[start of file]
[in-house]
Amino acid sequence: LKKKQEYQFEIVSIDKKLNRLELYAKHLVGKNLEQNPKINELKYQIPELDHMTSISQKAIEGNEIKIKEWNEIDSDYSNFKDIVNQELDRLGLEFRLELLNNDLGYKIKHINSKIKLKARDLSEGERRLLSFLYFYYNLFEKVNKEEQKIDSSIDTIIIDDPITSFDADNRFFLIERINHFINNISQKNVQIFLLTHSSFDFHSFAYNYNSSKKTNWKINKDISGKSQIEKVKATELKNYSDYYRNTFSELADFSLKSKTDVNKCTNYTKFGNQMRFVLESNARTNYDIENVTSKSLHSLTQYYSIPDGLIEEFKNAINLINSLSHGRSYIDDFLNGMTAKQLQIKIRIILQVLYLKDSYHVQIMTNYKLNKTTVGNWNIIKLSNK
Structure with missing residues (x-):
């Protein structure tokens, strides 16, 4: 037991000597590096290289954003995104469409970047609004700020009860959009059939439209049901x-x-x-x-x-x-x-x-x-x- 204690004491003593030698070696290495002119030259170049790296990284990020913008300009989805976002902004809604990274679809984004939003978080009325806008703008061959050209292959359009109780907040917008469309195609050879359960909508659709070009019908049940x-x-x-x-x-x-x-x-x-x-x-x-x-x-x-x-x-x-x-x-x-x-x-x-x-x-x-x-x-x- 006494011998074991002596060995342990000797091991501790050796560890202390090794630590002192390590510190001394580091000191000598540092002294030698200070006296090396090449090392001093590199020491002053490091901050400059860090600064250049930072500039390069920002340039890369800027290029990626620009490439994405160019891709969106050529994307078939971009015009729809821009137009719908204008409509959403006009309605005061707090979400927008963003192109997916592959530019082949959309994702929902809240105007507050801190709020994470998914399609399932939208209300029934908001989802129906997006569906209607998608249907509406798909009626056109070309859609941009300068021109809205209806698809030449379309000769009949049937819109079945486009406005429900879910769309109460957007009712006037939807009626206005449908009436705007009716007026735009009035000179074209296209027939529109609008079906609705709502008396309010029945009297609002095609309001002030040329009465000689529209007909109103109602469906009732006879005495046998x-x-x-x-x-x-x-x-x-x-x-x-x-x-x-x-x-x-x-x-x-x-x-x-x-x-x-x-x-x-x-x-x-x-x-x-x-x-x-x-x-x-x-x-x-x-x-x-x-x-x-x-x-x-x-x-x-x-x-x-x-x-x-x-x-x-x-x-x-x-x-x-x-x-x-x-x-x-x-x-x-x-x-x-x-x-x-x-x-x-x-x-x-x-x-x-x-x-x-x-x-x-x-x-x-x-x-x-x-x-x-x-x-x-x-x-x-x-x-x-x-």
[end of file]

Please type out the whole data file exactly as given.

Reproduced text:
[in-house]
Amino acid sequence: LKKKQEYQFEIVSIDKKLNRLELYAKHLVGKNLEQNPKINELKYQIPELDHMTSISQKAIEGNEIKIKEWNEIDSDYSNFKDIVNQELDRLGLEFRLELLNNDLGYKIKHINSKIKLKARDLSEGERRLLSFLYFYYNLFEKVNKEEQKIDSSIDTIIIDDPITSFDADNRFFLIERINHFINNISQKNVQIFLLTHSSFDFHSFAYNYNSSKKTNWKINKDISGKSQIEKVKATELKNYSDYYRNTFSELADFSLKSKTDVNKCTNYTKFGNQMRFVLESNARTNYDIENVTSKSLHSLTQYYSIPDGLIEEFKNAINLINSLSHGRSYIDDFLNGMTAKQLQIKIRIILQVLYLKDSYHVQIMTNYKLNKTTVGNWNIIKLSNK
Structure with missing residues (x-):
């Protein structure tokens, strides 16, 4: 037991000597590096290289954003995104469409970047609004700020009860959009059939439209049901x-x-x-x-x-x-x-x-x-x- 204690004491003593030698070696290495002119030259170049790296990284990020913008300009989805976002902004809604990274679809984004939003978080009325806008703008061959050209292959359009109780907040917008469309195609050879359960909508659709070009019908049940x-x-x-x-x-x-x-x-x-x-x-x-x-x-x-x-x-x-x-x-x-x-x-x-x-x-x-x-x-x- 006494011998074991002596060995342990000797091991501790050796560890202390090794630590002192390590510190001394580091000191000598540092002294030698200070006296090396090449090392001093590199020491002053490091901050400059860090600064250049930072500039390069920002340039890369800027290029990626620009490439994405160019891709969106050529994307078939971009015009729809821009137009719908204008409509959403006009309605005061707090979400927008963003192109997916592959530019082949959309994702929902809240105007507050801190709020994470998914399609399932939208209300029934908001989802129906997006569906209607998608249907509406798909009626056109070309859609941009300068021109809205209806698809030449379309000769009949049937819109079945486009406005429900879910769309109460957007009712006037939807009626206005449908009436705007009716007026735009009035000179074209296209027939529109609008079906609705709502008396309010029945009297609002095609309001002030040329009465000689529209007909109103109602469906009732006879005495046998x-x-x-x-x-x-x-x-x-x-x-x-x-x-x-x-x-x-x-x-x-x-x-x-x-x-x-x-x-x-x-x-x-x-x-x-x-x-x-x-x-x-x-x-x-x-x-x-x-x-x-x-x-x-x-x-x-x-x-x-x-x-x-x-x-x-x-x-x-x-x-x-x-x-x-x-x-x-x-x-x-x-x-x-x-x-x-x-x-x-x-x-x-x-x-x-x-x-x-x-x-x-x-x-x-x-x-x-x-x-x-x-x-x-x-x-x-x-x-x-x-």